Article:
photo 4 e1409716039837 375x500 The kid friendly, kid maintainable classroom library

This system proved to be an overwhelming success last year. It allowed me to saturate my students in books without needing to go find a perfect book that I have tucked away somewhere in my room. Additionally, when I looked through the bins over the summer to check on them — something I faced with trepidation after having seen my students’ cubby area — I only found four books out of place. Most importantly, I am confident that my students found books to treasure as they independently navigated the bins — something I hope helped steer them towards becoming lifelong readers.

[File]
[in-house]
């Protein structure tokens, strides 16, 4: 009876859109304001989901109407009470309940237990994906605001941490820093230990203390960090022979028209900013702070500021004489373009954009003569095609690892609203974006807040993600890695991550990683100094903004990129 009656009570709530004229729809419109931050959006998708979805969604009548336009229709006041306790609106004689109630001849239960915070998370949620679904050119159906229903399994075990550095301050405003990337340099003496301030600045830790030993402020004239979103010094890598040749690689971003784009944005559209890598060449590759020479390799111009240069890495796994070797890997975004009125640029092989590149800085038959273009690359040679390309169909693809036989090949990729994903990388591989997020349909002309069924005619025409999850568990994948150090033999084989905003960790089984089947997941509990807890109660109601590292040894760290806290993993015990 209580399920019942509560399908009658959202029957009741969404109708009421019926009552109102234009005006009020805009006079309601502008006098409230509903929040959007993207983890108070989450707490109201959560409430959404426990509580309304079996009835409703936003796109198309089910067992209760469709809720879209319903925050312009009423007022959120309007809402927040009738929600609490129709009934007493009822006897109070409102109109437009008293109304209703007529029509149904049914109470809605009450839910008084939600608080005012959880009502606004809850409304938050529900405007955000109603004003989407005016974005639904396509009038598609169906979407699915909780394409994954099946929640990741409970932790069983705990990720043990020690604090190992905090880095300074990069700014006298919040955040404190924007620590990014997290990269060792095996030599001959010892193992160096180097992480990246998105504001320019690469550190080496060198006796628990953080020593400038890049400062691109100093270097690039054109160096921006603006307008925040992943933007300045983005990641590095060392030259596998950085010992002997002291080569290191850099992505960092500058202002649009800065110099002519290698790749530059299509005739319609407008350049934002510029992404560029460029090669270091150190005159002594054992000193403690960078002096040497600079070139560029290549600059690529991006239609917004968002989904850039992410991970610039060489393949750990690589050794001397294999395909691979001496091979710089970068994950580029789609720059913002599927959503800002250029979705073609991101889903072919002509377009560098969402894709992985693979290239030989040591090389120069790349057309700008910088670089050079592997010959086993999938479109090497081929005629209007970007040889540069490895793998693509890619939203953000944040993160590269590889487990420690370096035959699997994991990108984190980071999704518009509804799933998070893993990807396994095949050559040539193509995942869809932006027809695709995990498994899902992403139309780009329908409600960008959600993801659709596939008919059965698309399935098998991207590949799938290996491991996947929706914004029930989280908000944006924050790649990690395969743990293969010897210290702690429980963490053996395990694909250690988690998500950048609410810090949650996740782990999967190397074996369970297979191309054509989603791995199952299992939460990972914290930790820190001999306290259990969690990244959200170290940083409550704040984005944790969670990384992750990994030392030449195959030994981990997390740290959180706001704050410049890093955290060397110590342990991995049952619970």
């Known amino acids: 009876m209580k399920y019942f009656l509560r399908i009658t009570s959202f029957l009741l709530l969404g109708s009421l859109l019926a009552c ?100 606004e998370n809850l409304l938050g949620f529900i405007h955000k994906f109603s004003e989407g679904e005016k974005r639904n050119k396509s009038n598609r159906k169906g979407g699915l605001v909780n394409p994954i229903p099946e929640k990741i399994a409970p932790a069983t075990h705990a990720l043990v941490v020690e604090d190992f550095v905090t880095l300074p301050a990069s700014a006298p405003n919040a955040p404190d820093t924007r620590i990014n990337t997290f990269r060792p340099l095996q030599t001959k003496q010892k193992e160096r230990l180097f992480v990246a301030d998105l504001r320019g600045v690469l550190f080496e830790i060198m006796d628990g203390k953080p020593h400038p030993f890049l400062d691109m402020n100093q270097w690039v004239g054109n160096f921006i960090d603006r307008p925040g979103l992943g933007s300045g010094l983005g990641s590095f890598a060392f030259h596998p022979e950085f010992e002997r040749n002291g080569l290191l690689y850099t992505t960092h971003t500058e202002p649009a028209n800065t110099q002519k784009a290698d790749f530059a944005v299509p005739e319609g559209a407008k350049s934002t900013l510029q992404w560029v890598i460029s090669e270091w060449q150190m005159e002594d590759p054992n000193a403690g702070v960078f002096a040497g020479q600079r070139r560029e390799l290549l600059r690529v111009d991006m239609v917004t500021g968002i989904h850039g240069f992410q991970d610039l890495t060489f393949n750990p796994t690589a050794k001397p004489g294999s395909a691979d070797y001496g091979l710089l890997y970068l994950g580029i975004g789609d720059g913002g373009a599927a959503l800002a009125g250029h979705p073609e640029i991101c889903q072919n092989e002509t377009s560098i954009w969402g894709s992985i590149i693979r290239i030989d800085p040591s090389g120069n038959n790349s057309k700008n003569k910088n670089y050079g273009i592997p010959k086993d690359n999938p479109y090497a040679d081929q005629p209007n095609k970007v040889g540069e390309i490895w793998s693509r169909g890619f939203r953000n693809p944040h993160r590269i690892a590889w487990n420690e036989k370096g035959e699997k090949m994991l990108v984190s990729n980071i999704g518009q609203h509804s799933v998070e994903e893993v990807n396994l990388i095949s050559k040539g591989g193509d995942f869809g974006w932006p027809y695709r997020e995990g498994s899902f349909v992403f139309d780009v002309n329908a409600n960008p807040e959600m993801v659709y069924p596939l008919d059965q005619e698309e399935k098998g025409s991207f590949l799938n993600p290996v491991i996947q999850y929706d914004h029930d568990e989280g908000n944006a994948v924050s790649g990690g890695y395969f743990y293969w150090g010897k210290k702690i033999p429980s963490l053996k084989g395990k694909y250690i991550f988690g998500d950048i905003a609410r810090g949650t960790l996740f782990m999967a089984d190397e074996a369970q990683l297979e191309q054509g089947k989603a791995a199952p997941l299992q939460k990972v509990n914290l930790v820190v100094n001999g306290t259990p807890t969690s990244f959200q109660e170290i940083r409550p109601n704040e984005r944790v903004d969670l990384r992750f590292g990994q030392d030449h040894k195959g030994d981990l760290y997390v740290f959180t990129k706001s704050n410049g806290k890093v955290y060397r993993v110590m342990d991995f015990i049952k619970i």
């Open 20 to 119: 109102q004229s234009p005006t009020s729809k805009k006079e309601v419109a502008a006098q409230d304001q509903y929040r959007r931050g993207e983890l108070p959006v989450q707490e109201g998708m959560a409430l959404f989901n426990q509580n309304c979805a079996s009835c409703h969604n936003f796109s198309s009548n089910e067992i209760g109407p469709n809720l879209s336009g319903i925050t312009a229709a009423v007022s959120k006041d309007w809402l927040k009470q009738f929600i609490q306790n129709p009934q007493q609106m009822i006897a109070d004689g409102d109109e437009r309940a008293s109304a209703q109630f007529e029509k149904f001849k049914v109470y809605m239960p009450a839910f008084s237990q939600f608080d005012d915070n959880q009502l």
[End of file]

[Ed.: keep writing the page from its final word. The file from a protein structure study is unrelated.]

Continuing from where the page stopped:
photo5 500x375 The kid friendly, kid maintainable classroom library

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Blasting the canon http://www.hbook.com/2014/09/blogs/lollys-classroom/blasting-canon/ http://www.hbook.com/2014/09/blogs/lollys-classroom/blasting-canon/#comments Thu, 18 Sep 2014 10:01:01 +0000 http://www.hbook.com/?p=40047 As a new English department chair, I’ve already been faced with decisions about book orders. Our high school opened in 2007, but our middle school just opened with a sixth grade class last year. This means it was time for us to create a seventh grade curriculum. I believe in leadership through structured freedom, so […]

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As a new English department chair, I’ve already been faced with decisions about book orders. Our high school opened in 2007, but our middle school just opened with a sixth grade class last year. This means it was time for us to create a seventh grade curriculum.